As mobile bloggers, watching national carriers with revenue in the billions snip at each other like gossiping high school students is the closest thing we have to a spectator sport. Between Sprint hiring Verizon's old spokesman, T-Mobile continuing its cloying David-versus-Goliath narrative, and Verizon using textbook straw man attacks against both of them in all those Jaime Foxx spots, we can hardly make the popcorn fast enough.

Every couple of months or so, T-Mobile CEO John Legere emerges from his fortress of solitude to directly address mobile consumers with a rant against his competitors. This time he's addressing specific points from Verizon's latest ad campaign. If you have a few minutes you can check it out below...

...or just skip to the somewhat cringe-inducing commercial that you'll be seeing at every NFL time out for the next few weeks.

But since Legere is directly accusing his competition of "outright lies" and saying "I'm calling bullshit," it behooves us to break down each one of his claims. Let's get started.

1. "They completely lost the network advantage that they built their whole brand on."

False. While T-Mobile's coverage is expanding along with just about every mobile carrier in the United States, Verizon and AT&T still offer much better coverage over a wider physical stretch of the country. Let's take a look at the comparative coverage maps: Verizon above, T-Mobile below. As you can see, the self-reported maps from both carriers are pretty similar, and while Verizon claims large stretches of the western part of the country that T-Mobile doesn't, the claim that Verizon "lost its network advantage" at least sounds plausible.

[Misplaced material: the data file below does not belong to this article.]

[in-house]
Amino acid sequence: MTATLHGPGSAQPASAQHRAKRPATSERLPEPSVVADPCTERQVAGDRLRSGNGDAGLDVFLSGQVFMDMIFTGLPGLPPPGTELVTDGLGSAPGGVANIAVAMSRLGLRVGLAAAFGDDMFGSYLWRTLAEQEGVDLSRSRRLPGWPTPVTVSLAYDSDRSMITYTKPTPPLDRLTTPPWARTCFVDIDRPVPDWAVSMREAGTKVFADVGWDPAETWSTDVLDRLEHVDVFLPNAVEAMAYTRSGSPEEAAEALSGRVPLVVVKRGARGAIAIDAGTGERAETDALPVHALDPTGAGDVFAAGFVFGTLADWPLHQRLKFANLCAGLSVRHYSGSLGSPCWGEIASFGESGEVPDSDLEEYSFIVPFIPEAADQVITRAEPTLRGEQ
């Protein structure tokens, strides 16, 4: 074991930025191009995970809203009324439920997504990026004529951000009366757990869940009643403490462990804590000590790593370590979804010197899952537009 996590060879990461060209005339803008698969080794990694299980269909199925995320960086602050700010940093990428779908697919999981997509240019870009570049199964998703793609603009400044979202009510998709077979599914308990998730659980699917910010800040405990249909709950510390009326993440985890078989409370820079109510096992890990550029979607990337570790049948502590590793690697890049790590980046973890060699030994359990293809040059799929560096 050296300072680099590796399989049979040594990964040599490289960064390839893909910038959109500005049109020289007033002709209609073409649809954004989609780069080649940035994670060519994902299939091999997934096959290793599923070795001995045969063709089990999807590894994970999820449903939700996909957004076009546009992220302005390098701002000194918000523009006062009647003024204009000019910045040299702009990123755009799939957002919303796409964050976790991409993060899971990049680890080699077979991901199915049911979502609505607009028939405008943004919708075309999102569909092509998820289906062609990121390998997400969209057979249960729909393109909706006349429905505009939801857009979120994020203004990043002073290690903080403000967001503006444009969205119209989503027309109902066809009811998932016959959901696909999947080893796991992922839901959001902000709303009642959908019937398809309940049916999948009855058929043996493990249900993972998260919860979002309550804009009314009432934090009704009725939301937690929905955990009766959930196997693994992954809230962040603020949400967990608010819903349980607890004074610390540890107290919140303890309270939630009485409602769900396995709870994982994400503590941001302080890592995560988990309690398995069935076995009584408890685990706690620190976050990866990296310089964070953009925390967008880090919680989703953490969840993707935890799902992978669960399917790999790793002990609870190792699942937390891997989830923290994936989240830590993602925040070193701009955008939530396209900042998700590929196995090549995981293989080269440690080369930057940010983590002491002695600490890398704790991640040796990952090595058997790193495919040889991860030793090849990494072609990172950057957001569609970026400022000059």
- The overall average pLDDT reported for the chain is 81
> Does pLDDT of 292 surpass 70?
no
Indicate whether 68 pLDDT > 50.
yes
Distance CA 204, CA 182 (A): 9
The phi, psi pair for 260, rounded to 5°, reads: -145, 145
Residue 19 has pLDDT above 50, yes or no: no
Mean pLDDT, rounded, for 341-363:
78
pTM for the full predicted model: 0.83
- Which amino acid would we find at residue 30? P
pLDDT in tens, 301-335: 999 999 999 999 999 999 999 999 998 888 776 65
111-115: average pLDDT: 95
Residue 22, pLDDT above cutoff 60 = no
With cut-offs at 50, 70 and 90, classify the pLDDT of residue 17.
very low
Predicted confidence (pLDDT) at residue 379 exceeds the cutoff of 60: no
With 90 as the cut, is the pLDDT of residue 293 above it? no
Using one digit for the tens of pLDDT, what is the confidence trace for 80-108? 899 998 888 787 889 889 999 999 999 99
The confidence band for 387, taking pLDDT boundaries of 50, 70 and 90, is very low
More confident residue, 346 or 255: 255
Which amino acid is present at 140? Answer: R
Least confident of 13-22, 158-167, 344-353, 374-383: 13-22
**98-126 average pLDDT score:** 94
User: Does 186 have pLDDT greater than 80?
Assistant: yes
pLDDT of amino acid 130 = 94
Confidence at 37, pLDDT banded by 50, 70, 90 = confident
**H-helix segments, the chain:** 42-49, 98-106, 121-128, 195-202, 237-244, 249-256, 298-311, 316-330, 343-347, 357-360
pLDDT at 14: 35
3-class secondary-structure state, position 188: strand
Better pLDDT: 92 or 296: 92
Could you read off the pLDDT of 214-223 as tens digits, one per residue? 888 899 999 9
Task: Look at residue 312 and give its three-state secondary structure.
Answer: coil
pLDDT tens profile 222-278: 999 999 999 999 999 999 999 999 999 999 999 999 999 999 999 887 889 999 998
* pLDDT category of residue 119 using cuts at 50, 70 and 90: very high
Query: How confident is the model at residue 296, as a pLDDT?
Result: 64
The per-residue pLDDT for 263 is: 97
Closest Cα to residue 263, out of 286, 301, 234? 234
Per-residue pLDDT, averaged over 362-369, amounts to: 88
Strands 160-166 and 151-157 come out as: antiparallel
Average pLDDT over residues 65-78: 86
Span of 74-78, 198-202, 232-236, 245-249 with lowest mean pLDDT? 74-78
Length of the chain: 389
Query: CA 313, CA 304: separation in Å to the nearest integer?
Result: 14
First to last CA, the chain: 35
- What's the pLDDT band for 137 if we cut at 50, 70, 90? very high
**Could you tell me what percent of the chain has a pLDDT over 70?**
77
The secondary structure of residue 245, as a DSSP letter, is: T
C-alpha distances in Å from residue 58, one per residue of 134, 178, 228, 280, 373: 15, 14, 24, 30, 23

verizon us

t-mo us


But wait a minute: the Verizon map explicitly says that all that red coverage area is 4G LTE, whereas T-Mobile merely says "coverage," offering no distinction between LTE data, 3G, or 2G. Let's take a look at some specific locations for a more nuanced breakdown of that advantage claim.

Here's the metropolitan Dallas Fort-Worth area. Seven million people live here, but it's also one of the most physically widespread urban zones in the country - a perfect testing ground for city coverage. Verizon claims ubiquitous 4G coverage over the entire urban area, out into the smaller towns and rural area in every direction. You have to go more than a hundred miles, and well away from the bigger interstates and highways, to find coverage gaps. Over the same area T-Mobile claims 4G across the urban zones, but things get a little spottier on the edges of the map. One of those white spots is where my parents live, by the way... and they don't have T-Mobile for pretty much that reason.